A Nonagenarian and WWII Veteran Looks Back at His Life

By David Paone

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They call them the Greatest Generation: those who lived their childhoods during the Great Depression, only to have to fight the Second World War when they became of age.

Bill Isaacson, a resident of North Shore Towers, can check both those boxes. The Navy veteran sat down with The Queens Ledger and looked back over his 97 years.


Isaacson was born in the Fort Hamilton section of Brooklyn on May 5, 1925, the second of five children of Russian immigrants. 

His father owned a furniture manufacturing and sales company, but during the Depression, lost the business. He also lost the family house, which he owned. 

Isaacson said his family survived, “as best we could.”

On December 7, 1941, the Japanese bombed the US naval base in Pearl Harbor, Hawaii, and America entered World War II. Isaacson remembers the day.

“I was in a basement socializing with a group of teens,” he said. “And we heard about the war breaking out. And I went to enlist. My father wouldn’t sign the papers.” 

Isaacson was only 16 at the time but sensed the need to volunteer. “I felt I wanted to do my part,” he said.

His friends were eager to enlist and all were later drafted. “Likewise, they wanted to do their part, of course,” he said.

Uncle Sam Wanted Him

When Isaacson turned 18 in 1943, the war was not over, making him eligible for the draft. 

“I didn’t get drafted right away because I had pneumonia at the time of my 18th birthday, and the draft board gave me 90 days to get well,” he said.

By this point Isaacson had one friend from the neighborhood – also 18 – who was in the service and had died in Italy. 

Isaacson chose the Coast Guard, but the draft board had a different plan for him and he was inducted into the Navy in April 1943.

As an honor graduate from signalman school, Isaacson was a Signalman Second Class and appointed to Flag Command, which is the personal staff of admirals. 

“I served with Admiral Sherman aboard the USS Missouri and with Admiral Fechteler aboard the USS Wisconsin,” said Isaacson.

“I was on all the biggies,” said Isaacson, regarding the ships on which he served. These included the USS Wisconsin, the USS Missouri, the USS Enterprise, the USS New Mexico and the USS Guadalcanal, which brought back 495 former prisoners of war from Japan.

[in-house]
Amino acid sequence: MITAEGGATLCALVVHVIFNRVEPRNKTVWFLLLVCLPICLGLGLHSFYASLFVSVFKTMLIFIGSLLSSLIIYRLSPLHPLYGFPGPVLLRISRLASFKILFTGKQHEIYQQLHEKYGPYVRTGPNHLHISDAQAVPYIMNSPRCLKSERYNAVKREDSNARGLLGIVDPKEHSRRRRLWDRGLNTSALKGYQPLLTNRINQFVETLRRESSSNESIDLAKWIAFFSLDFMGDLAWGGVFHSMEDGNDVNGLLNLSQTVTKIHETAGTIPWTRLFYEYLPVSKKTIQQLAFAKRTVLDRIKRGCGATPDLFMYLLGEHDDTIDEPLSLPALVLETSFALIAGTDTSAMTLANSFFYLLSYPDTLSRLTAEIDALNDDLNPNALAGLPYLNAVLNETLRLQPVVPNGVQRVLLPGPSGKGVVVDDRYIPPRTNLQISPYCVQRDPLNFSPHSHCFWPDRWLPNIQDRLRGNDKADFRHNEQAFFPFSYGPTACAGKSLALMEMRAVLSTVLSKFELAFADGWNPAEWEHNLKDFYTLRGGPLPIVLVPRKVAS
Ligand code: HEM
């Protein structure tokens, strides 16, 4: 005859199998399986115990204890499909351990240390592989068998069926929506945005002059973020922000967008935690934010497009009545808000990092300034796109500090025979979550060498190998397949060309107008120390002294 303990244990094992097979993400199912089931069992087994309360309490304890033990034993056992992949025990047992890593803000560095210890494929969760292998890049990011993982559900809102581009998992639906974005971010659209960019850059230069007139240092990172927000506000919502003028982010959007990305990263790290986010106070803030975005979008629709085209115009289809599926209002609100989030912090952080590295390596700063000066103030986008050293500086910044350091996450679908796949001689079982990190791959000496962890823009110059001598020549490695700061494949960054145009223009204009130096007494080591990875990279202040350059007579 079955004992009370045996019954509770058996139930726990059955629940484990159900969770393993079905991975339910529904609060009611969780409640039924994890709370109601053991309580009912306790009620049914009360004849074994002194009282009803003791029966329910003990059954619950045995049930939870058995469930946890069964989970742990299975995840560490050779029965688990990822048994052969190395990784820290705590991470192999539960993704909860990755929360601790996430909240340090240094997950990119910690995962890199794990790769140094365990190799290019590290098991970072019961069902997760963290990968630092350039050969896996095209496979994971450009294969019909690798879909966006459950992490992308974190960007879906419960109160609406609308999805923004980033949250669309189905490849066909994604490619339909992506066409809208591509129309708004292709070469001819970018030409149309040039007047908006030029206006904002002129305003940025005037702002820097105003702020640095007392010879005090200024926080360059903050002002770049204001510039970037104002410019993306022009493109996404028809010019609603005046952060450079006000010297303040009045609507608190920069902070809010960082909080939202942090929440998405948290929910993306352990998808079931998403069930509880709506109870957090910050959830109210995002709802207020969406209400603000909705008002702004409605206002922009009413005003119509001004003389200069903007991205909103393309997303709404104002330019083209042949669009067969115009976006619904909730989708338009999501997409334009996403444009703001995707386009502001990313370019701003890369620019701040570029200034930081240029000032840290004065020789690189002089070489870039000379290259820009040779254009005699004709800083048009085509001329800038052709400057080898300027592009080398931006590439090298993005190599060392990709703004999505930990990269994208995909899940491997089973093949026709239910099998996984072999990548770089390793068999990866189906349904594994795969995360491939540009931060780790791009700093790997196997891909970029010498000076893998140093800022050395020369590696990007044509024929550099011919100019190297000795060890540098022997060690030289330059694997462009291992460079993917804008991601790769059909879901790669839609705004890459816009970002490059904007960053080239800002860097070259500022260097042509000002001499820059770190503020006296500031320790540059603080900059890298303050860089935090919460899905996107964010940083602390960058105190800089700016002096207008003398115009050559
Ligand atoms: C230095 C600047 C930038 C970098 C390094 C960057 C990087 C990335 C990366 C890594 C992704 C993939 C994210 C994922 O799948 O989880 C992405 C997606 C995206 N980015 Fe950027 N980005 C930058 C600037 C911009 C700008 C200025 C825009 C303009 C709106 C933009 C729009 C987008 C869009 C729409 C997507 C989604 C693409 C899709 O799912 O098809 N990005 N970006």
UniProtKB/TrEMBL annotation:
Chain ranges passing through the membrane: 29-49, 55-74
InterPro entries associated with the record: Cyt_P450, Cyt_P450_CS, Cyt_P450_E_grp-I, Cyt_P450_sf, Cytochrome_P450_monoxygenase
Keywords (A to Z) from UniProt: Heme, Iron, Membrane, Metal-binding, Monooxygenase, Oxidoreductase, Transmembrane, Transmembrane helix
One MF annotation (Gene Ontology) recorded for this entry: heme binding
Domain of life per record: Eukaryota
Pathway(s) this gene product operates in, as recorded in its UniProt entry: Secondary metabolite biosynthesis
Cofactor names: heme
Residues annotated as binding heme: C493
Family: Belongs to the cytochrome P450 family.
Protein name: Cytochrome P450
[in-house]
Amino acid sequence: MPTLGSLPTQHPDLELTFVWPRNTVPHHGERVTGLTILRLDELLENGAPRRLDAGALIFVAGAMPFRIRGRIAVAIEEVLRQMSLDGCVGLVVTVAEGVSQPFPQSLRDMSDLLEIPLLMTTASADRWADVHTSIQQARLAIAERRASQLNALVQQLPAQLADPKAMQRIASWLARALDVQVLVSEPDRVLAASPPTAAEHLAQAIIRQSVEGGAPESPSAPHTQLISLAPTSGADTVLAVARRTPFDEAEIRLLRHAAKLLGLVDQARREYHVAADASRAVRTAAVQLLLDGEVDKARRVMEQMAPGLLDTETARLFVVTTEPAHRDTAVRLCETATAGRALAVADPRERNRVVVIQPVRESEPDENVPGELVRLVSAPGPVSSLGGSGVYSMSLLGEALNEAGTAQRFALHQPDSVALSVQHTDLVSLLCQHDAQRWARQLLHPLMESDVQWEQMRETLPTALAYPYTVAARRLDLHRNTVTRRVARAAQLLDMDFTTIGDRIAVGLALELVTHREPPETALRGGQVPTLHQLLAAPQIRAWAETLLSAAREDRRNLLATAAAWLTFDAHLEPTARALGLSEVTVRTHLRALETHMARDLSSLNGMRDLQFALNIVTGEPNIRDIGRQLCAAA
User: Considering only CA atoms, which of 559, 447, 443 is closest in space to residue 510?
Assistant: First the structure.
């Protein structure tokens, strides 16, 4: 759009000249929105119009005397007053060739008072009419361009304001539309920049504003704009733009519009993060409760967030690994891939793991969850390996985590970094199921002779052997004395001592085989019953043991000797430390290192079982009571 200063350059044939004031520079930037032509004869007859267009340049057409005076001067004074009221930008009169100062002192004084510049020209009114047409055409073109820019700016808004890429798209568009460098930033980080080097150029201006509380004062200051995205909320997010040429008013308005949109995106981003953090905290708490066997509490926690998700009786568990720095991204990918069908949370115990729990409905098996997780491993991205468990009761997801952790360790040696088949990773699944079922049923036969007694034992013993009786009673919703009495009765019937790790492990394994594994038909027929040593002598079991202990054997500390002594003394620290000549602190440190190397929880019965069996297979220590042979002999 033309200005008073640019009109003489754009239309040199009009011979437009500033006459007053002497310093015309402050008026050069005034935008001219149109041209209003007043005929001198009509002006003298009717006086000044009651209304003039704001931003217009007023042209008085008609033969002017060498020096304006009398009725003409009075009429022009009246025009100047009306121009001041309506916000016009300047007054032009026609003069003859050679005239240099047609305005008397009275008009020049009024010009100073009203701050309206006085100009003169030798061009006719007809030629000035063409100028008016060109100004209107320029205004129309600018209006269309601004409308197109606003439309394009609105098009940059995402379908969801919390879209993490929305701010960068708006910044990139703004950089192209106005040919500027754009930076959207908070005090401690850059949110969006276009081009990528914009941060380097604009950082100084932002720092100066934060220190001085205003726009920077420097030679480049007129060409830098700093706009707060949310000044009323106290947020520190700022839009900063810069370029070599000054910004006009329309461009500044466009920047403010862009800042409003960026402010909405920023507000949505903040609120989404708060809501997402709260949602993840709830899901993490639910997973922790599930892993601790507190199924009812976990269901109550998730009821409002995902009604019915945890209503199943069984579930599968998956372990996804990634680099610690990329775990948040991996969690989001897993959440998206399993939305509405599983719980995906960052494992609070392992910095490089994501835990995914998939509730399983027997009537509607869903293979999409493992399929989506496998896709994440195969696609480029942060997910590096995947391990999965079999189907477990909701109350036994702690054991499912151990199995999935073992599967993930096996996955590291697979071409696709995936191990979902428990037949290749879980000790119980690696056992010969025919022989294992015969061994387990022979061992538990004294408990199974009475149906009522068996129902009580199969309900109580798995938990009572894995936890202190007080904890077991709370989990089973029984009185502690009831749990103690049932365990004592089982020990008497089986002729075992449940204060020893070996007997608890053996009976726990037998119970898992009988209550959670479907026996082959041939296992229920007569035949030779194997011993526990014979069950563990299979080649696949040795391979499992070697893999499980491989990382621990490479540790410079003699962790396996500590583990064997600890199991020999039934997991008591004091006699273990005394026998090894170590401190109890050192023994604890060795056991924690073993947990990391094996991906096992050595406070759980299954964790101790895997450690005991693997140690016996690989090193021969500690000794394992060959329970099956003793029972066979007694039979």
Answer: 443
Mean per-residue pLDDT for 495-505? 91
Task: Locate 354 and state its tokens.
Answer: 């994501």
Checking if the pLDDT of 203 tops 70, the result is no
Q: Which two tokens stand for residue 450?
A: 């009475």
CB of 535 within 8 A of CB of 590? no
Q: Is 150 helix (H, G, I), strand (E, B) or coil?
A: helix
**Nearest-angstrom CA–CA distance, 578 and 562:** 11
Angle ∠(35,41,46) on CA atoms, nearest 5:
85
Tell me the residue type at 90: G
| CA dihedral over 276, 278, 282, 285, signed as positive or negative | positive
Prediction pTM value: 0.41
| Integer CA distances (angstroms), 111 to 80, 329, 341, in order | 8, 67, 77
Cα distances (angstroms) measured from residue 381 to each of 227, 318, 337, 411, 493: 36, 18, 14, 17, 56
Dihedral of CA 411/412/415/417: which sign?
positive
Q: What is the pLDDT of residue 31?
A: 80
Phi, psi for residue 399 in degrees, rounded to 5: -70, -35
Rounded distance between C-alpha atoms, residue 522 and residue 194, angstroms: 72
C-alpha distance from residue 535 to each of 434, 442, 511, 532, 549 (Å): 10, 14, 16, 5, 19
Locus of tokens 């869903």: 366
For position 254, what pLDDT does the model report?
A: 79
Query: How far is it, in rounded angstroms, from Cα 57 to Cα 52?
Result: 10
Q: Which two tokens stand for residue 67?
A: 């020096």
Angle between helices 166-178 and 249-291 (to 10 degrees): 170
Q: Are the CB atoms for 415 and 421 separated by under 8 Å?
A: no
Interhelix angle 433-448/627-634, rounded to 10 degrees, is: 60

“I was on duty when five of them jumped overboard,” said Isaacson. 

He saw each of them light a cigarette and jump, in what Isaacson believes were definite suicides. “This was in the middle of the night,” he said. They circled until daylight but never found them.

Japan surrendered in 1945, bringing an end to the war. Isaacson was on the island of Guam at the time. It just so happened his younger brother, Boris, was on a minesweeper in the harbor, and the two were able to connect for four hours. 

Once the end of the war was announced, “Everyone was celebrating,” said Isaacson. “Guam was muddy up to your knees and everybody was dancing.”

Isaacson said he served, “Two years, six months and 15 days.”

He was offered the rank of Signalman First Class, if he reenlisted, but decided to pursue his education instead.

Having served in the military, Isaacson was eligible for the GI Bill, which would cover his college tuition. He earned his Bachelor’s with a major in Spanish (inspired by his high school Spanish teachers) from Brooklyn College in 1949 and his Master’s in 1951 from there, too.

Isaacson calls himself a member of the “52-20 Club.”

“We got $52 for attending school for 20 weeks,” he said with a laugh.